APA American Psychological Association (6th. ed.)

APA is one of the most commonly used citation styles. In fact, many journal and publisher styles are based on APA. Citavi's "APA American Psychological Association, 6th ed." citation style is based on the following guidelines:

American Psychological Association. (2009). Publication manual of the American Psychological Association (6th ed.). Washington, DC: American Psychological Association.

The APA style is a typical author-date style that uses in-text citations containing author last names and the year of publication.

Examples (citations)

... (McLoughlin & Luca, 2000) ... Bawden and Smith (2001, pp. 220–221)

More examples here.

Examples (bibliography entries)

  • Journal article
    Bawden, D. (2001). Information and digital literacies: A review of concepts. Journal of Documentation, 57(2), 218–259. https://doi.org/10.1108/EUM0000000007083 .
  • Book
    Sharpless Smith, S. (2010). Web Based Instruction: A Guide for Libraries. Chicago, Illinois: American Library Association.
  • Contribution in an edited book
    Sorcinelli, M. D. (2010). Ten Principles of Good Practice in Creating and Sustaining Teaching and Learning Centers. In K. H. Gillespie (Ed.), The Jossey-Bass higher and adult education series. A guide to faculty development (2nd ed., pp. 9–23). San Francisco, California: Jossey-Bass.
  • Internet document 

    McLoughlin, C., & Luca, J. (2000). Learning Through Self-Direction: The Influence of Task Design on Team-Based Professional Knowledge Building in an Online Environment. Presentation held at the ASCILITE Conference 9-14th December 2000. Retrieved from http://www.ascilite.org.au/conferences/coffs00/papers/catherine_mcloughlin.pdf

Special characteristics

P. 175: Author names are either joined by "and" or "&" depending on whether they appear inside or outside of parentheses:

  • Example within parentheses: (Bradley, Ramirez, & Soo, 1999)
  • Example outside parentheses: Bradley, Ramirez, and Soo (1999)

In the first citation all the authors up to five should appear. In subsequent citations only the first author is listed with et al. 

P. 184: If a work has more than seven authors, only the first six and the last author are listed in the bibliography. An ellipsis is used in place of the omitted author names.

P. 199: Issue numbers should not be used if a journal is paginated by volume (i.e. page numbering does not begin with "1" again in every issue). To tell Citavi that a journal is paginated by volume, click Lists > Periodicals, and then double-click the journal name. On the Pagination dropdown menu, click By volume.

Frequently Asked Questions

1) Why do multiple authors continue to appear in multiple citations instead of et al.?

If shortening the citation to the first author name and et al. would potentially lead to ambiguous references because another group of authors from the same year would shorten to the same citation, additional authors are added until the citations are unambiguous:

"If two references of more than three surnames with the same year shorten to the same form (e.g., both Ireys, Chernoff, DeVet, & Kim, 2001, and Ireys, Chernoff, Stein, DeVet, & Silver, 2001, shorten to lreys et al., 2001), cite the surnames of the first authors and of as many of the subsequent authors as necessary to distinguish the two references, followed by a comma and et al." (p. 175)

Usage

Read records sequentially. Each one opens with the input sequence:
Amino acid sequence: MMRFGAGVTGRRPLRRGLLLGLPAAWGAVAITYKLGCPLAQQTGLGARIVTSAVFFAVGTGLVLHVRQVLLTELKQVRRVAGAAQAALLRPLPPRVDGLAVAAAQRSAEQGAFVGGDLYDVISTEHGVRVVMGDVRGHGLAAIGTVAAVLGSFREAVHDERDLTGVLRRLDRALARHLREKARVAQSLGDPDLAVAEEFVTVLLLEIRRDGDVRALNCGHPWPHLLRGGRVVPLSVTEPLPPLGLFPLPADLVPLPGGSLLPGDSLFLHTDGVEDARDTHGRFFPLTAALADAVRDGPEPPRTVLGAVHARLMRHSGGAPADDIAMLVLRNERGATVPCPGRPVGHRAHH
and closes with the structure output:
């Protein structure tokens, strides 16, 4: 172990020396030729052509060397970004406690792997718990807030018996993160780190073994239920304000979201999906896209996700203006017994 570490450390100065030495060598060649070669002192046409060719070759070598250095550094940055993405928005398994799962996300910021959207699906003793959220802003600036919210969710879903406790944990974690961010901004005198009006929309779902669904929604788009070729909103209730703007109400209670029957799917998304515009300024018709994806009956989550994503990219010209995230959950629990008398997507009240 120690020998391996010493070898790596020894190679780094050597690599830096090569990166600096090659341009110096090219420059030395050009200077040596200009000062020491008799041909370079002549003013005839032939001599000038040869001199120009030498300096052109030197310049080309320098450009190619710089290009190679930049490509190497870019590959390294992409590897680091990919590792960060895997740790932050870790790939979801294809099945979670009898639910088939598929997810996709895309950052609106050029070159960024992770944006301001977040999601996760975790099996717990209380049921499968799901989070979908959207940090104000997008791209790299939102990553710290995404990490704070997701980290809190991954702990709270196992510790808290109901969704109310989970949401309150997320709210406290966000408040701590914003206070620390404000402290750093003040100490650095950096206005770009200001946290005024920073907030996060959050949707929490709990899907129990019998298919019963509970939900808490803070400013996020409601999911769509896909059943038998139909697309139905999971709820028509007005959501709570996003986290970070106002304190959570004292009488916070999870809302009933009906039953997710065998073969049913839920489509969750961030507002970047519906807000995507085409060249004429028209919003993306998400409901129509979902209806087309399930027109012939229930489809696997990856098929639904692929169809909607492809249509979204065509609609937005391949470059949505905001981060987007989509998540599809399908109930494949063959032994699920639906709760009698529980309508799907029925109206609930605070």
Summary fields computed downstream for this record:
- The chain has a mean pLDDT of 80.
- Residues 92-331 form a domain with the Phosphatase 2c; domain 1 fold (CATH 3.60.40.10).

2) Why do initials sometimes appear in citations in addition to last names?

If you cite two authors with the same last name, APA requires the first initial so that the authors are not ambiguous:

"If a reference list includes publications by two or more primary authors with the same surname, include the first author's initials in all text citations, even if the year of publication differs." (p. 176)

If you can rule out this reason, check if you correctly entered first and last names in Citavi. To do, right-click the name in your project. On the shortcut menu, click Edit "[Name]". If the first name appears in the Last name field, copy and paste it into the First name field.

Also check if you use the name in different spellings in your project. If yes, merge the spelling variants via the menu Lists > Persons and organizations.

3) Why is there no access date for Internet documents?

As of the 6th edition, the APA style requires that the access date be omitted: 

"Do not include retrieval dates unless the source material may change over time (e.g., Wikis)." (p. 192)

4) Why do DOI names look different than how they appear in the style guidelines?

In accordance with an APA Style blog post from March 2017, Citavi now uses the new DOI format: https://doi.org/xxxxxx.

5) Is there a German-language version of the APA style?

Yes. If you want to use the APA style in German, you can use the DGPs citation style. Although this style isn't an official translation, it is an extremely close adaptation:

Deutsche Gesellschaft für Psychologie. (2016). Richtlinien zur Manuskriptgestaltung (4., überarb. und erw. Aufl.). Göttingen: Hogrefe.

It differs from the APA style in the following ways:

  • German abbreviations are used (S. instead of p./pp.; Aufl. instead of ed.; Hrsg. instead of eds., etc.).
  • If multiple authors are listed, no comma is used before "&" or "und".
  • If a work has more than seven authors, no ellipsis is used between the sixth author and the last author.
  • The access date for internet documents appears in the bibliography (as was the case in the APA 5th ed. style guidelines).
6) Can the APA style be used as a footnote style?

No. If you want to work with a footnote citation style that uses a similar format, select Footnote: author date from the Citation system dropdown menu when you search for a style.

Is this article helpful?
0 0 0